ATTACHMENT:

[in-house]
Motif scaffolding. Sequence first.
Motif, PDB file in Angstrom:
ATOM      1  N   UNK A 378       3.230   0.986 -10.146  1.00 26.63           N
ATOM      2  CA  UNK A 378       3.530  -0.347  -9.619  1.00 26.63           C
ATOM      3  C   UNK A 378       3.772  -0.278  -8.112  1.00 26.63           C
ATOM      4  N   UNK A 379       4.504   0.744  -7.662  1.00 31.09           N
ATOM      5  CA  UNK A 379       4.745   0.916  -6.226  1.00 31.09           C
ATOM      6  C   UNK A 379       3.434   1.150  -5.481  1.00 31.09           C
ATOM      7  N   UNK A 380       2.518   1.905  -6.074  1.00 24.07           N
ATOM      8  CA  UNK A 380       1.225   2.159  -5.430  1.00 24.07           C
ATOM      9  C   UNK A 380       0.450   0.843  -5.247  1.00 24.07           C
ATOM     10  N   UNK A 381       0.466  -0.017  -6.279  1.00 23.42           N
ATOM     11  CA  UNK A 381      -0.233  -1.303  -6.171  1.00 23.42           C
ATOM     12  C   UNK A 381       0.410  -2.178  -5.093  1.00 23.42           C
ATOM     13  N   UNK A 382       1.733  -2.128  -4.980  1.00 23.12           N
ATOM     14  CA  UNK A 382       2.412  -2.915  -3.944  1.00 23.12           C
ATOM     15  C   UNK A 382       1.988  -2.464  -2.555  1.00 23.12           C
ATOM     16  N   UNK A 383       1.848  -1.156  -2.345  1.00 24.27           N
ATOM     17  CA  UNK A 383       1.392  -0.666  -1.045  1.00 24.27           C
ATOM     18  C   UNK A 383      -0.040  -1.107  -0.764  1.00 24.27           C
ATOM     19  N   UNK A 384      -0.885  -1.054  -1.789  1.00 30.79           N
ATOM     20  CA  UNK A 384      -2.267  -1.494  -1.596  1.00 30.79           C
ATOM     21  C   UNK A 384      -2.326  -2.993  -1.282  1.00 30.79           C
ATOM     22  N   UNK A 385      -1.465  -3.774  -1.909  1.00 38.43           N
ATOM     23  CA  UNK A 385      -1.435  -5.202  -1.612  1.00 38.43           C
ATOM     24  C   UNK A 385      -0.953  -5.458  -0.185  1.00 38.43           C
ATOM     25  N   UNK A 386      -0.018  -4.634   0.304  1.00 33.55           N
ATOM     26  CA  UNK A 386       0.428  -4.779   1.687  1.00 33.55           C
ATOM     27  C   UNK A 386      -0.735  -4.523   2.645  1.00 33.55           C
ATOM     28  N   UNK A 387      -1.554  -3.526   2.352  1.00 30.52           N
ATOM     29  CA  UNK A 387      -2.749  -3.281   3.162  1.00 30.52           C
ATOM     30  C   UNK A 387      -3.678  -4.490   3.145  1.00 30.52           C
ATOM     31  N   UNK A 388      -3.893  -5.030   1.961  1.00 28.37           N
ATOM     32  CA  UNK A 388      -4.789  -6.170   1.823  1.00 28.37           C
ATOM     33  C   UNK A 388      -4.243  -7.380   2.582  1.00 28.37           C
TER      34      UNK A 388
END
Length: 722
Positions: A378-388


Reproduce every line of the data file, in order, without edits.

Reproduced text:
[in-house]
Motif scaffolding. Sequence first.
Motif, PDB file in Angstrom:
ATOM      1  N   UNK A 378       3.230   0.986 -10.146  1.00 26.63           N
ATOM      2  CA  UNK A 378       3.530  -0.347  -9.619  1.00 26.63           C
ATOM      3  C   UNK A 378       3.772  -0.278  -8.112  1.00 26.63           C
ATOM      4  N   UNK A 379       4.504   0.744  -7.662  1.00 31.09           N
ATOM      5  CA  UNK A 379       4.745   0.916  -6.226  1.00 31.09           C
ATOM      6  C   UNK A 379       3.434   1.150  -5.481  1.00 31.09           C
ATOM      7  N   UNK A 380       2.518   1.905  -6.074  1.00 24.07           N
ATOM      8  CA  UNK A 380       1.225   2.159  -5.430  1.00 24.07           C
ATOM      9  C   UNK A 380       0.450   0.843  -5.247  1.00 24.07           C
ATOM     10  N   UNK A 381       0.466  -0.017  -6.279  1.00 23.42           N
ATOM     11  CA  UNK A 381      -0.233  -1.303  -6.171  1.00 23.42           C
ATOM     12  C   UNK A 381       0.410  -2.178  -5.093  1.00 23.42           C
ATOM     13  N   UNK A 382       1.733  -2.128  -4.980  1.00 23.12           N
ATOM     14  CA  UNK A 382       2.412  -2.915  -3.944  1.00 23.12           C
ATOM     15  C   UNK A 382       1.988  -2.464  -2.555  1.00 23.12           C
ATOM     16  N   UNK A 383       1.848  -1.156  -2.345  1.00 24.27           N
ATOM     17  CA  UNK A 383       1.392  -0.666  -1.045  1.00 24.27           C
ATOM     18  C   UNK A 383      -0.040  -1.107  -0.764  1.00 24.27           C
ATOM     19  N   UNK A 384      -0.885  -1.054  -1.789  1.00 30.79           N
ATOM     20  CA  UNK A 384      -2.267  -1.494  -1.596  1.00 30.79           C
ATOM     21  C   UNK A 384      -2.326  -2.993  -1.282  1.00 30.79           C
ATOM     22  N   UNK A 385      -1.465  -3.774  -1.909  1.00 38.43           N
ATOM     23  CA  UNK A 385      -1.435  -5.202  -1.612  1.00 38.43           C
ATOM     24  C   UNK A 385      -0.953  -5.458  -0.185  1.00 38.43           C
ATOM     25  N   UNK A 386      -0.018  -4.634   0.304  1.00 33.55           N
ATOM     26  CA  UNK A 386       0.428  -4.779   1.687  1.00 33.55           C
ATOM     27  C   UNK A 386      -0.735  -4.523   2.645  1.00 33.55           C
ATOM     28  N   UNK A 387      -1.554  -3.526   2.352  1.00 30.52           N
ATOM     29  CA  UNK A 387      -2.749  -3.281   3.162  1.00 30.52           C
ATOM     30  C   UNK A 387      -3.678  -4.490   3.145  1.00 30.52           C
ATOM     31  N   UNK A 388      -3.893  -5.030   1.961  1.00 28.37           N
ATOM     32  CA  UNK A 388      -4.789  -6.170   1.823  1.00 28.37           C
ATOM     33  C   UNK A 388      -4.243  -7.380   2.582  1.00 28.37           C
TER      34      UNK A 388
END
Length: 722
Positions: A378-388